But it doesn’t seem like a good idea if you are in the vicinity of little people shorter than you. 

Im certainly not an expert on it, though. 

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On 5/27/2020 at 12:23 PM, TCB said:

If you have good solid evidence that you base your opinion on please link it because I have been searching and searching for that kind of thing!

There is some recent research evaluating effectiveness of surgical and cotton masks in filtering SARS–CoV-2 specifically. I found it in the Annals of Internal Medicine.

https://www.acpjournals.org/doi/10.7326/M20-1342

"In conclusion, both surgical and cotton masks seem to be ineffective in preventing the dissemination of SARS–CoV-2 from the coughs of patients with COVID-19 to the environment and external mask surface."

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10 minutes ago, Skippy said:

There is some recent research evaluating effectiveness of surgical and cotton masks in filtering SARS–CoV-2 specifically. I found it in the Annals of Internal Medicine.

https://www.acpjournals.org/doi/10.7326/M20-1342

"In conclusion, both surgical and cotton masks seem to be ineffective in preventing the dissemination of SARS–CoV-2 from the coughs of patients with COVID-19 to the environment and external mask surface."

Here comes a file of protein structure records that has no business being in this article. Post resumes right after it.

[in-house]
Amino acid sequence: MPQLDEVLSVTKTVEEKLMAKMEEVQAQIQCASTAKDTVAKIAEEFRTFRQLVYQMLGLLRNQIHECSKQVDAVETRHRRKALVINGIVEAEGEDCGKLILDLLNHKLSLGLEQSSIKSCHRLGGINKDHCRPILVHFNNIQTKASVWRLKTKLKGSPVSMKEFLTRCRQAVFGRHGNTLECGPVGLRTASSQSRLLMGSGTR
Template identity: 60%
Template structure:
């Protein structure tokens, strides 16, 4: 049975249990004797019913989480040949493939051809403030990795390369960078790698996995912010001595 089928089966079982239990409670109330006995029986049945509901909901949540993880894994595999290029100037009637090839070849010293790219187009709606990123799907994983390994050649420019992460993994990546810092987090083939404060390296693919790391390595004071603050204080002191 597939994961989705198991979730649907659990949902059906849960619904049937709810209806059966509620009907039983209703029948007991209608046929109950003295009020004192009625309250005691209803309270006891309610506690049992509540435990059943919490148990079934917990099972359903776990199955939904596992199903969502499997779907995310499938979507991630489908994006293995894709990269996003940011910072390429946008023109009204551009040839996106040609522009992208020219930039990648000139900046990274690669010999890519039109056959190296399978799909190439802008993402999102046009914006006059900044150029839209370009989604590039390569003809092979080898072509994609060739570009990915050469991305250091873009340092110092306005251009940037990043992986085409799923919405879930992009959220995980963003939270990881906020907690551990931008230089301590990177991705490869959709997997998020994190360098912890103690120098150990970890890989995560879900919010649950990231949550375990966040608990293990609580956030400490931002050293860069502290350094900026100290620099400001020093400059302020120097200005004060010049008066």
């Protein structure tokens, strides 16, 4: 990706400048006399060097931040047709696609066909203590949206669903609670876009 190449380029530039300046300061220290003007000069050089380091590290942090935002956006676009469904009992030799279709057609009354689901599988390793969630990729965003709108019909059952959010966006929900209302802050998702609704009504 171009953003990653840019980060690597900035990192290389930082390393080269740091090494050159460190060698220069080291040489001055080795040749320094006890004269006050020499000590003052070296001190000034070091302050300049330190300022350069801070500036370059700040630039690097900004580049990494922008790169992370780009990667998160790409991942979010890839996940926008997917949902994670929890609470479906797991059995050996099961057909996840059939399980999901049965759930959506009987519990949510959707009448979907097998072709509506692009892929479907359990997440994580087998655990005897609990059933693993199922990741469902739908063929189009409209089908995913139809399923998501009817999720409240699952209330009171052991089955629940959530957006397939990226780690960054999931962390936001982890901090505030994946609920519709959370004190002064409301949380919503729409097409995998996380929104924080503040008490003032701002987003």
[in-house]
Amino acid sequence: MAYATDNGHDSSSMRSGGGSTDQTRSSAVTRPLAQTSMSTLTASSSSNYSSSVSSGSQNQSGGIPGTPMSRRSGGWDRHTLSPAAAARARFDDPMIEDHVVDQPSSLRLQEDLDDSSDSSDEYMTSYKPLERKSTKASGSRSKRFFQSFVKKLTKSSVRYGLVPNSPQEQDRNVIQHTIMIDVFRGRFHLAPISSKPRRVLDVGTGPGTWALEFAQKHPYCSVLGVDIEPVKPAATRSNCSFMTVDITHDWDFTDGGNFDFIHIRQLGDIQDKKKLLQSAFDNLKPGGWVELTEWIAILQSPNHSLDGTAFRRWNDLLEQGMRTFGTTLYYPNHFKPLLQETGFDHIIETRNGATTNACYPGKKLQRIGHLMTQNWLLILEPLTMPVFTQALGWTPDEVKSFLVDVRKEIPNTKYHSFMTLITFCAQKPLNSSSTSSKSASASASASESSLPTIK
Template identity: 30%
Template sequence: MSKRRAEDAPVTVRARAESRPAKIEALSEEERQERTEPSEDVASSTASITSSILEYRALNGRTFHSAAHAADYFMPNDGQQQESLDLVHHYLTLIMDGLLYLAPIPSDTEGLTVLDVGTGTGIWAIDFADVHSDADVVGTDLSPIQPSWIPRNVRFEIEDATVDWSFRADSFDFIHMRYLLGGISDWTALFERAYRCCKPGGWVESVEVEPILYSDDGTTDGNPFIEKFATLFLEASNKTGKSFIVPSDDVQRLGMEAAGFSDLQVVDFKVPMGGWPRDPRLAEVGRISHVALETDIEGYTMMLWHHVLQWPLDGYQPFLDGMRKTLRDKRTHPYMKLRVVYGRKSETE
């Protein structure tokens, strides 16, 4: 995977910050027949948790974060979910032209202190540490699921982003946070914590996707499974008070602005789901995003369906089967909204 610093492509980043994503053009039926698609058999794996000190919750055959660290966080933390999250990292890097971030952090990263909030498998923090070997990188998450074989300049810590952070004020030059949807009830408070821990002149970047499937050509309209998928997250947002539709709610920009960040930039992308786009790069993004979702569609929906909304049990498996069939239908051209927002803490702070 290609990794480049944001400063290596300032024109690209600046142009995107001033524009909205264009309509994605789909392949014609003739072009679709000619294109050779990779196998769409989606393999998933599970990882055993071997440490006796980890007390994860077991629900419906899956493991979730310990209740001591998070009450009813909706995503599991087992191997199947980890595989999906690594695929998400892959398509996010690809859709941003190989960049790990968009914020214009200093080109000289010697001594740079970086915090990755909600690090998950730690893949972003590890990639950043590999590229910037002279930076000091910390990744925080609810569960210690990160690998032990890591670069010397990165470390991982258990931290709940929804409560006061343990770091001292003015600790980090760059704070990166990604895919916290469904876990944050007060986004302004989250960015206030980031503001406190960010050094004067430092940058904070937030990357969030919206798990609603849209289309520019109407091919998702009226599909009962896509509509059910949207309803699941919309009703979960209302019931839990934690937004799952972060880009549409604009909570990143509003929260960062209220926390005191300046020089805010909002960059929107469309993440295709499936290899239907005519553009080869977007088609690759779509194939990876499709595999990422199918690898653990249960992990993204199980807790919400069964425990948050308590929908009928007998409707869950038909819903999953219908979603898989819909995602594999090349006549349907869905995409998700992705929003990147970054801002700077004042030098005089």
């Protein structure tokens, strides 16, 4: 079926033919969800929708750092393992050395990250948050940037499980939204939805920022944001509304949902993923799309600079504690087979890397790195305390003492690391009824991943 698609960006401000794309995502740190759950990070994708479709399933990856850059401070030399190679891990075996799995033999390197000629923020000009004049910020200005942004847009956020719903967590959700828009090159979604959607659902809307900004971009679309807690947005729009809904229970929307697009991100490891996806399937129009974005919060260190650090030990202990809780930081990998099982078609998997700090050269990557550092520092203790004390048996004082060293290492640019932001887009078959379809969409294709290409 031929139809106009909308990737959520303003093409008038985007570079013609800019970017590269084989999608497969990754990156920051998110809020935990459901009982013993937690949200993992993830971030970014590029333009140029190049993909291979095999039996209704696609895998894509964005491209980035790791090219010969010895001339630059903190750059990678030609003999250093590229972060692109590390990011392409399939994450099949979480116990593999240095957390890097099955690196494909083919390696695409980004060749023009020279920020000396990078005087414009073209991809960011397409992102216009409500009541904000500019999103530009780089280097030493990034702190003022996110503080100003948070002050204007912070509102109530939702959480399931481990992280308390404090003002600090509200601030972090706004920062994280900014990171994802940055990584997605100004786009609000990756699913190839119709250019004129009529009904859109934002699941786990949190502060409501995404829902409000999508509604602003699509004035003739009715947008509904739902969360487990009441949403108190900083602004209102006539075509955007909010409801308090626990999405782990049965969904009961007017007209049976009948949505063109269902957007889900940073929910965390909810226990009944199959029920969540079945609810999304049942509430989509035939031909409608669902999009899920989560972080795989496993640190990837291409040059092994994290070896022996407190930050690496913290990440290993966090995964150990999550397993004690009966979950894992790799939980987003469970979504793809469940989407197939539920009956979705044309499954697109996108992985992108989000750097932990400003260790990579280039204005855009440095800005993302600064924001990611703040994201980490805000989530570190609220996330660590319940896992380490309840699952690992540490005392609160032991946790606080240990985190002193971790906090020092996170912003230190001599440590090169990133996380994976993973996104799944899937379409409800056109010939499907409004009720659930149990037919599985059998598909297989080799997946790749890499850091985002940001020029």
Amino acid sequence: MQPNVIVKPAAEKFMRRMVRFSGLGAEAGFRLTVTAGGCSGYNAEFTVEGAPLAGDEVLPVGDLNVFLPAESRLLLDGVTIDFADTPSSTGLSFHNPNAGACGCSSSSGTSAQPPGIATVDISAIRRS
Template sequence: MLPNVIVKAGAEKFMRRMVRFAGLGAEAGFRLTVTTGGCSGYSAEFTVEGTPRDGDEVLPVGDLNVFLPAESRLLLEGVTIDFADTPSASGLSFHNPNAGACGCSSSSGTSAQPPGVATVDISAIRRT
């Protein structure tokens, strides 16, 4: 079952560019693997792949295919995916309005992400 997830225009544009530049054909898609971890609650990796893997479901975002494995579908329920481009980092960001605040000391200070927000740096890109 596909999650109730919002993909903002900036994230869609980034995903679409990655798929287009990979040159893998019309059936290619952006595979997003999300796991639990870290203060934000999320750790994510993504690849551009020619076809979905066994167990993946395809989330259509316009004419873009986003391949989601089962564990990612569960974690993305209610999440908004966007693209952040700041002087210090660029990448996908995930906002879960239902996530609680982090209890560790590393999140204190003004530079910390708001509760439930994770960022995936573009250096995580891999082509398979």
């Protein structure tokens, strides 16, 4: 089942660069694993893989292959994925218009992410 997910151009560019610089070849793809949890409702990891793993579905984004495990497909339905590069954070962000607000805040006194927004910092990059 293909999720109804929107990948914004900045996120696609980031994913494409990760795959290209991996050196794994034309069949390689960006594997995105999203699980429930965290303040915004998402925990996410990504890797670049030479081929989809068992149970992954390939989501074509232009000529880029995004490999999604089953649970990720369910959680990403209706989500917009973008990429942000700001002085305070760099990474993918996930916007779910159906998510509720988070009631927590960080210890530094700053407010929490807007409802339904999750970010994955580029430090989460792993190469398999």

KEEP READING. 

"We do not know whether masks shorten the travel distance of droplets during coughing. Further study is needed to recommend whether face masks decrease transmission of virus from asymptomatic individuals or those with suspected COVID-19 who are not coughing."

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Just saying — I think coughing is different from just breathing and talking.

I don’t think someone violently coughing should probably be out in public.  
 

But saying it doesn’t work for coughing doesn’t mean it is ineffective for talking and breathing.

I think it’s important for health care workers to know if their patients who are coughing need a stronger mask.

But I don’t feel like that changes anything for me as far as masks in public.

At this point, at least.  I am not sure what it will seem like 3 or 6 months from now.  

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I have read accounts where there are people in an emergency room with numerous people coughing very hard and wearing a mask they are given by the hospital.  I think it’s important to know what they need and what is good enough.